141 of 174 patients attending the clinic were included. 90.1% had type 1 diabetes (T1D). The average age of T1D patients at the beginning of therapy was 31.4 years (SD 14.1). 75.8% of patients had normal weight (BMI<25), 21.0% were overweight (BMI 25–30) and 2.3% were obese (BMI>30). The median duration of T1D was 13 years (P25–P75=10.7–22.0). 14.2% of the patients were admitted at least once in the year preceding the start of CSII-rtCGM because of diabetes related complications. Mean A1c was 8.6%±1.46%. The main reasons for starting CSII-rtCGM were: poor glycemic control (50.2%); frequent hypoglycemia, nocturnal hypoglycemia, hypoglycemia related to exercise, asymptomatic hypoglycemia (30.2%); severe hypoglycemia (16.44%) and dawn phenomena (3.1%).

Conclusion

Baseline characteristics of patients included in this study who were started on CSII-rtCGM are similar to those reported in the literature. The Clinic starts CSII-rtCGM mainly in T1D patients with poor glycemic control, frequent or severe hypoglycemia despite being on basal/bolus therapy.

Keywords:
Diabetes
Continuous insulin infusion system
Resumen
Objetivo

Caracterizar los pacientes con diabetes que iniciaron terapia con bomba de insulina y monitorización continua de glucosa en tiempo real (CSII-rtCGM) en un centro especializado de Medellín, Colombia.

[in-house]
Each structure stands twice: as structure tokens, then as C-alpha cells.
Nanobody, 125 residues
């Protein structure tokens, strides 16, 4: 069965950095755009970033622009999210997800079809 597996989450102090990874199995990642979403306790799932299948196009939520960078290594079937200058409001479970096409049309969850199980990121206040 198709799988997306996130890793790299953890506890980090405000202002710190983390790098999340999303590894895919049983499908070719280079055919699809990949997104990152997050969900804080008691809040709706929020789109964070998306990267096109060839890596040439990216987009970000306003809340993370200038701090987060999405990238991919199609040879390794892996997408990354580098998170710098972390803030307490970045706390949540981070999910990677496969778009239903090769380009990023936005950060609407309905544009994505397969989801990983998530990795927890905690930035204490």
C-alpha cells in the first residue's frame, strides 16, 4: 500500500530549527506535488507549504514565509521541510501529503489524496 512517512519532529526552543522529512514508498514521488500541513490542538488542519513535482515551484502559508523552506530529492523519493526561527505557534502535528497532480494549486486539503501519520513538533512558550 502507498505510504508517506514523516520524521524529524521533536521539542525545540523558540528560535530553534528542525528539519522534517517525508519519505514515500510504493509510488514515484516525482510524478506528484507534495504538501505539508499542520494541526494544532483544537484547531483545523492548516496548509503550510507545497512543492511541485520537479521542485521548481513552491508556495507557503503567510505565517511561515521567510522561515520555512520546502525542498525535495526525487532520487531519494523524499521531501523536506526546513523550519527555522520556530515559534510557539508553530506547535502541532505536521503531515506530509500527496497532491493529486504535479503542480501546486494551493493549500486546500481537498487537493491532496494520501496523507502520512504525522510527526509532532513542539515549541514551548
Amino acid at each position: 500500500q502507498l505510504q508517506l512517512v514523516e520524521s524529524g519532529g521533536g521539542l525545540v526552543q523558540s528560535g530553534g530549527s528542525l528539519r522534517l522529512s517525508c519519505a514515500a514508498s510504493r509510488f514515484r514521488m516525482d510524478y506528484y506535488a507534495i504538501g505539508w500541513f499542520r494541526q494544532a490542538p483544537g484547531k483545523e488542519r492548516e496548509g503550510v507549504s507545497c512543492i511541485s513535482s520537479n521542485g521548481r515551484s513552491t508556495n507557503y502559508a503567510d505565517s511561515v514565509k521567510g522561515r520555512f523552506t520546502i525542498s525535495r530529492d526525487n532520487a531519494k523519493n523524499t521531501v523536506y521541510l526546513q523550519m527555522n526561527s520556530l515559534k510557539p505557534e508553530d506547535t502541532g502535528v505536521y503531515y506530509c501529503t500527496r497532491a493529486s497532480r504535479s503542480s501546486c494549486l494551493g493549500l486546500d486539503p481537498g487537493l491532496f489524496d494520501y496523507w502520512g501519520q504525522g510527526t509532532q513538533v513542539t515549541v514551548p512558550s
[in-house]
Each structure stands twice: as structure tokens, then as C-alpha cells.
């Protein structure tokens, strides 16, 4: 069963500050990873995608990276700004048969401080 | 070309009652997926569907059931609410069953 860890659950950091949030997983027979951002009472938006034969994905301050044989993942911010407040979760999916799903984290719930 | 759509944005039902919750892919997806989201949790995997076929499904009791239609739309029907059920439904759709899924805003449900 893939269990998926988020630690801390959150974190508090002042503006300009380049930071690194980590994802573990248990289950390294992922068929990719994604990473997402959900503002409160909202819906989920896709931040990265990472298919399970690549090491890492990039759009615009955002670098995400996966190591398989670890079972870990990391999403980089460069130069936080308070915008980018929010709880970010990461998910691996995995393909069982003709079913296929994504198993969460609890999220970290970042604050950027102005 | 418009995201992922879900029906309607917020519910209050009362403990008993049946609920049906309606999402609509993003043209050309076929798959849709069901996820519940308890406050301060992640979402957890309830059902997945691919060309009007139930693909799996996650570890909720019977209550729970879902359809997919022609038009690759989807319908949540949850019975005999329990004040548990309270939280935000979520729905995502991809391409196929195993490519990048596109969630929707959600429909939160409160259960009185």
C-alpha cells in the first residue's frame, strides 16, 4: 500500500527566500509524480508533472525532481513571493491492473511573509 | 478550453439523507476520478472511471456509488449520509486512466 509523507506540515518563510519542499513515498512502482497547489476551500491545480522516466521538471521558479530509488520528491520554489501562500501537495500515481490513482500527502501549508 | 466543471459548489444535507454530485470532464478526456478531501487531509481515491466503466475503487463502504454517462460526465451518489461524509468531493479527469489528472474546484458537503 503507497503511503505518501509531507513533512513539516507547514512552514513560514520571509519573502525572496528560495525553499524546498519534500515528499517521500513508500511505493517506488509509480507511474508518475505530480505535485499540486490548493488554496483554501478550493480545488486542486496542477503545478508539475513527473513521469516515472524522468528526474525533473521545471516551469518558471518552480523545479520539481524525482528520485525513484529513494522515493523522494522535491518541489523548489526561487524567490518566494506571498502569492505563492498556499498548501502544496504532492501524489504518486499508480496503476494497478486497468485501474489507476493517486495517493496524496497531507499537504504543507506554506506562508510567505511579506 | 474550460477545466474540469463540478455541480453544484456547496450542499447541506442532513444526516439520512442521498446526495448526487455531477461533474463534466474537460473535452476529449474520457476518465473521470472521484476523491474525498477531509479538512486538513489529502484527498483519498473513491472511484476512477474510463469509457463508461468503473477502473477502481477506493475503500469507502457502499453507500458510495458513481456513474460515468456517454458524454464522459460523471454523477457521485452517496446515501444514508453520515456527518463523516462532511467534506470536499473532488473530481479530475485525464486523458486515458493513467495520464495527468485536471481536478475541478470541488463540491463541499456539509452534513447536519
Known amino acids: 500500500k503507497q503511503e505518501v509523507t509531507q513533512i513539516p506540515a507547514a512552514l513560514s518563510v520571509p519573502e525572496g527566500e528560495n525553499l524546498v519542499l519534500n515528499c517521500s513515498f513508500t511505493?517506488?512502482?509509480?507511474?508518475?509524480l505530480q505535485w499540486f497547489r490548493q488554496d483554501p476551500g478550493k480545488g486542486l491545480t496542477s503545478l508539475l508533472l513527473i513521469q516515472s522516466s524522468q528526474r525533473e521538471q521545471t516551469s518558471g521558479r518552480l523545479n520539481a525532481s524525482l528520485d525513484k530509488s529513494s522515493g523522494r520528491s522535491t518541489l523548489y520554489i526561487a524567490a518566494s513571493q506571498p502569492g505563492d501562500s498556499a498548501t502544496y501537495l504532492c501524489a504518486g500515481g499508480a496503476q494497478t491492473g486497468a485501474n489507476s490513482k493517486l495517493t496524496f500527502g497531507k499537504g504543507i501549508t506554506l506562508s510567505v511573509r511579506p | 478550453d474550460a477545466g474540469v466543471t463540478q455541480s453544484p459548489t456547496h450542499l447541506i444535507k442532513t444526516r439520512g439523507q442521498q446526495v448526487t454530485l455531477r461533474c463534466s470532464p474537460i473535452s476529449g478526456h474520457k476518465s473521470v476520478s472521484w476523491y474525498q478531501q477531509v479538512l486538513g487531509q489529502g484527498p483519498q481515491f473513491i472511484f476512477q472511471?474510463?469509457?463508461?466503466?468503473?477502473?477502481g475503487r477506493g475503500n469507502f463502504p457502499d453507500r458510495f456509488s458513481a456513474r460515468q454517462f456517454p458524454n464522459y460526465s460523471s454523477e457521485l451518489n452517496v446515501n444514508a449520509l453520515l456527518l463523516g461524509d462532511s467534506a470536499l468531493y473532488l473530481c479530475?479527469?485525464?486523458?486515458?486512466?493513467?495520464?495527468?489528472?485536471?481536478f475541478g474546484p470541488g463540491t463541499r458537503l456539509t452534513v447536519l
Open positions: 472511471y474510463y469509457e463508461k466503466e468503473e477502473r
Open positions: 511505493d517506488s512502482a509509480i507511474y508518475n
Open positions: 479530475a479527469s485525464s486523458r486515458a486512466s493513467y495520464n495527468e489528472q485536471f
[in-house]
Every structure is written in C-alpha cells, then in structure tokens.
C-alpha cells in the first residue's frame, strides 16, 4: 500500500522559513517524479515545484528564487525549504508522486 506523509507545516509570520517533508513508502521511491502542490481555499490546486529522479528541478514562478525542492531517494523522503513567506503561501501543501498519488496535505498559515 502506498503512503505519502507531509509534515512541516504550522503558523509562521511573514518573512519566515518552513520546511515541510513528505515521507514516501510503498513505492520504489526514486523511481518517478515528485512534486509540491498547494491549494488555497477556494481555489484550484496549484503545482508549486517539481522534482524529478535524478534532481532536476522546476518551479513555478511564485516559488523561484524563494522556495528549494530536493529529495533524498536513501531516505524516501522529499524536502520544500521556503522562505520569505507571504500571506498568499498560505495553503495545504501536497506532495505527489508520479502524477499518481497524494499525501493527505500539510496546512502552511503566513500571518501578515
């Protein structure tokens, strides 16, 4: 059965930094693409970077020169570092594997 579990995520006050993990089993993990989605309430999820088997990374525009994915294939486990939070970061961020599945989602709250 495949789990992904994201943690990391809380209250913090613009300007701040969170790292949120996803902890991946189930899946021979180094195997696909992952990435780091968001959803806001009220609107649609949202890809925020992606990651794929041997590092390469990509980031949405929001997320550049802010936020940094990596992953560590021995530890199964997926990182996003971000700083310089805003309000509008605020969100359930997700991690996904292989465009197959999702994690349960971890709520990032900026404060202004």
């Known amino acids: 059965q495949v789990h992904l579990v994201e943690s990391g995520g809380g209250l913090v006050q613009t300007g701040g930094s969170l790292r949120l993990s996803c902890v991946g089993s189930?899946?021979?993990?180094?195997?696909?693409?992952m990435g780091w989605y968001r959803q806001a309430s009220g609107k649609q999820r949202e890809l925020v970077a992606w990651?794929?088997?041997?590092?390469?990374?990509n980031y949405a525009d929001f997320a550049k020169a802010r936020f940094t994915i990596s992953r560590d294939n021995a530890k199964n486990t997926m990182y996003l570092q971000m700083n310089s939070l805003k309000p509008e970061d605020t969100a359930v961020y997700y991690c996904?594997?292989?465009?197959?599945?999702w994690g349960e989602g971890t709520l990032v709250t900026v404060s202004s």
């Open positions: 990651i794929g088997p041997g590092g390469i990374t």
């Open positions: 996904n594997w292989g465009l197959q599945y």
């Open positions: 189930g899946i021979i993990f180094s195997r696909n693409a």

Materiales y métodos

Se evaluaron los pacientes con diabetes que recibieron entrenamiento e instalación del dispositivo en el centro entre febrero de 2010 y mayo de 2014. Se realizó un análisis descriptivo de las variables sociodemográficas y clínicas.

Resultados

Se incluyeron 141 pacientes de los 174 pertenecientes al programa. El 90,1% tenía diabetes tipo 1 (DT1), siendo la edad promedio al inicio de la terapia de 31,4 años (SD: 14,1). El 75,8% de los pacientes tenía peso normal (IMC<25), el 21,0% sobrepeso (IMC=25–30) y el 2,3% era obeso (IMC30). La mediana de duración de la enfermedad fue de 13 años (P25–P75=10,7–22,0). El 14,2% de los pacientes fueron hospitalizados al menos una vez en el año previo al inicio de la terapia con CSII-rtCGM por causas relacionadas con la diabetes. El promedio de hemoglobina glucosilada era de 8,6%±1,46%. Las principales indicaciones para la formulación de CSII-rtCGM fueron: mal control glucémico (50,2%); hipoglucemias frecuentes, nocturnas o asociadas al ejercicio y sin síntomas de alarma (30,2%); hipoglucemias severas (16,44%) y fenómeno del alba (3,1%).